This is a superb example of Vincenzo Coronelli's 1692 map of Corsica, one of the most beautifully engraved large-scale depictions of the island.
A Closer LookCorsica's rugged topography is illustrated pictorially, including both mountains and wooded regions. Cities and towns are marked and named, and the island's rivers and inlets are detailed. The outline of Coronelli's Corsica is related to that of the 1658 map of Nicolas Sanson, and Joan Blaeu's 1662 map, but its detail is superior to either of those precursors. As Coronelli's work advances on those earlier maps, it may point to access to Sanson's source material - which Coronelli's connections with the French geographical establishment may have afforded him.
A Superb EngravingThe map is presented in Coronelli's inimitable style: its bold, clear line and lettering are very typical of the Venetian master's work. The upper corners are embellished with elegant, floral cartouches presenting an elaborate dedication to Cardinal Gaspare Carpegna. The lower corners are adorned by the 'Moor's Head' arms of Corsica and the Genoese Cross.
Publication History and CensusThis map was engraved for inclusion in Coronelli's 1692 Corso Geografico Universale and his Isolario. Only four examples of the separate map are listed in OCLC, although the map has appeared on the market from time to time.
Vincenzo Maria Coronelli (August 16, 1650 - December 9, 1718) was an important 17th century cartographer and globe maker based in Venice. Coronelli was born the fifth child of a Venetian tailor. Unlikely to inherit his father's business, he instead apprenticed in Ravenna to a woodcut artist. Around 1663, Coronelli joined the Franciscan Order and in 1671, entered the Venetian convent of Saint Maria Gloriosa dei Frari. Coronelli excelled in the fields of cosmography, mathematics, and geography. Although his works include the phenomenal Atlante Veneto and Corso Geografico, Coronelli is best known for his globes. In 1678 Coronelli was commissioned to make his first major globes by Ranuccio II Farnese, Duke of Parma. Each superbly engraved globe was five feet in diameter. Louis IV of France, having heard of the magnificent Parma globes, invited Coronelli to Paris where he constructed an even more impressive pair of gigantic globes measuring over 12 feet in diameter and weighing 2 tons each. Coronelli returned to Venice and continued to published globes, maps, and atlases which were admired all over Europe for their beauty, accuracy, and detail. He had a particular fascination for the Great Lakes region and his early maps of this area were unsurpassed in accuracy for nearly 100 years after their initial publication. He is also well known for his groundbreaking publication of the first accurate map depicting the sources of the Blue Nile. At the height of his career, Coronelli founded the world's first geographical society, the Accademia Cosmografica degli Argonauti and was awarded the official title Cosmographer of the Republic of Venice. In 1699, in recognition of his extraordinary accomplishment and scholarship, Coronelli was also appointed Father General of the Franciscan Order. The great cartographer and globe maker died in Venice at the age of 68. His extraordinary globes can be seen today at the Bibliothèque Nationale François Mitterrand in Paris, Biblioteca Marciana in Venice, in the National Library of Austria and in the Globe Museum in Vienna, in the library of Stift Melk, in the Special Collections Library of Texas Tech University, as well as lesser works in Trier, Prague, London, and Washington D.C. Coronelli's work is notable for its distinctive style, which is characterized by high quality white paper, dark intense impressions, detailed renderings of topographical features in profile, and numerous cartographic innovations. More by this mapmaker...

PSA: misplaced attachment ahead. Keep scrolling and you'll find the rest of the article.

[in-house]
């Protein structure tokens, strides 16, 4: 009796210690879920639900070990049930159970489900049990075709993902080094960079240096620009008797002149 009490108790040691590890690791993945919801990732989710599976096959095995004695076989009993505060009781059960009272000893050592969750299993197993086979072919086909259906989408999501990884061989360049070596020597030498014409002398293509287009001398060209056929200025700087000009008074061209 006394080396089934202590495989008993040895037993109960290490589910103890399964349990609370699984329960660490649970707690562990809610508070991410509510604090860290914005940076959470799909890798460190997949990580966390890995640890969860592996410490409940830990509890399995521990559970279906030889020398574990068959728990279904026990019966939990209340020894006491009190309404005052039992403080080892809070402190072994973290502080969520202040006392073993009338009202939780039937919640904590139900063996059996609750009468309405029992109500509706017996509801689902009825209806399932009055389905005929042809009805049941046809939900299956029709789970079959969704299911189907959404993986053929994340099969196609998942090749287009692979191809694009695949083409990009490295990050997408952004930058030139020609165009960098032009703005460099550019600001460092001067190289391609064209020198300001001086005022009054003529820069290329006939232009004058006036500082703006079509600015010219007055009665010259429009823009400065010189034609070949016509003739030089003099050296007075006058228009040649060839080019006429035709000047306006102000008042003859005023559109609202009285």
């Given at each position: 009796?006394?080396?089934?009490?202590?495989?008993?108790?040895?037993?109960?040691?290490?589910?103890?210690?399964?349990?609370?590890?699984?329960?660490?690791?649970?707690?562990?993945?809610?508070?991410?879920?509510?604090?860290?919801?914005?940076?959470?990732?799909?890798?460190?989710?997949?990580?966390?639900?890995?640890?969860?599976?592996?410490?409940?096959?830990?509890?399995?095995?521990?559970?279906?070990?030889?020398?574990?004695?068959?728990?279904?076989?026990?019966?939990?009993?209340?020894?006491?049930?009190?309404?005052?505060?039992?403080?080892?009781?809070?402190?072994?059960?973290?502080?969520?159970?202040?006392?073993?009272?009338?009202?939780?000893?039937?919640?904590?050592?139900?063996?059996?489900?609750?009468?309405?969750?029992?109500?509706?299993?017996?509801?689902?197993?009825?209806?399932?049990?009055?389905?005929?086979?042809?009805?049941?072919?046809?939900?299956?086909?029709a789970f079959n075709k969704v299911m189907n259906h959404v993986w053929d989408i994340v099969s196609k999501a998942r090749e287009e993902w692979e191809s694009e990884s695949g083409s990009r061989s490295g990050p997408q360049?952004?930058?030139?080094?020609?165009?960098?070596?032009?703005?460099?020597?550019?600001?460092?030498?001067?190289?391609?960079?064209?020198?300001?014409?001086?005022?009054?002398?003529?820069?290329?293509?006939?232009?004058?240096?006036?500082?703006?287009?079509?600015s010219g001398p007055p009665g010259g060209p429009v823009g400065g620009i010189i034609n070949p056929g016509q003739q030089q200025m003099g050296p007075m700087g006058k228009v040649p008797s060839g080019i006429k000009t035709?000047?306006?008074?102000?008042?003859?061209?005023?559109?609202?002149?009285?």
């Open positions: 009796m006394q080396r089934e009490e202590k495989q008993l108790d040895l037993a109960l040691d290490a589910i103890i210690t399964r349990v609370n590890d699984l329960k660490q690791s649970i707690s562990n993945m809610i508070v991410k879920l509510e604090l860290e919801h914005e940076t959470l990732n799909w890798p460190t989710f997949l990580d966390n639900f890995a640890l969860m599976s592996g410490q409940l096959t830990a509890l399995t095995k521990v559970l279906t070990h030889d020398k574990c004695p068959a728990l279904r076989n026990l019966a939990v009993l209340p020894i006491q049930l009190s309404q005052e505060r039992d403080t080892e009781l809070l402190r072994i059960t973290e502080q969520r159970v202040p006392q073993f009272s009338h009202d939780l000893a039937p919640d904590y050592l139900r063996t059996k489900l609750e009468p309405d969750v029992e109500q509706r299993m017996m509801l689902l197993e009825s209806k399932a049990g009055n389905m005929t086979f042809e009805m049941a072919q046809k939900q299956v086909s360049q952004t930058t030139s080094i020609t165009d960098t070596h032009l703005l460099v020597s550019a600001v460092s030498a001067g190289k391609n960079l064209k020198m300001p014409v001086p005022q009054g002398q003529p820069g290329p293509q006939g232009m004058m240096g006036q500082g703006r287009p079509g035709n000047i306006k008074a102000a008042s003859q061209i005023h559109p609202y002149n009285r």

Coronelli, V., Corso geografico universale (Venice) 1692.
The Corso Geografico Universale was a Venetian cosmographic atlas issued by the Jesuit Minorite friar, geographer, and globe maker Vincenzo Maria Coronelli. The Corso Geografico is generally dated to 1692 and is considered a follow-up to the Atlante Veneto. There is no confirmed collation of the atlas, as all editions were assembled ad-hoc. Also maps for the atlas were also sold separately, and to subscribers the rate of six cards a month for two years. The maps of the Corso Geografico are generally unique works of great historical value. They are also masterpieces of craftsmanship, engraved between 1688 and 1692 in the well-equipped cartographic workshop of the Saint Maria Gloriosa dei Frari Convent. Editions of the Corso Geografico can roughly be broken up as 68 maps 1689-92; 173 maps, 1692; 260 maps, 1694-97).
Excellent condition. Few printers' creases, else fine.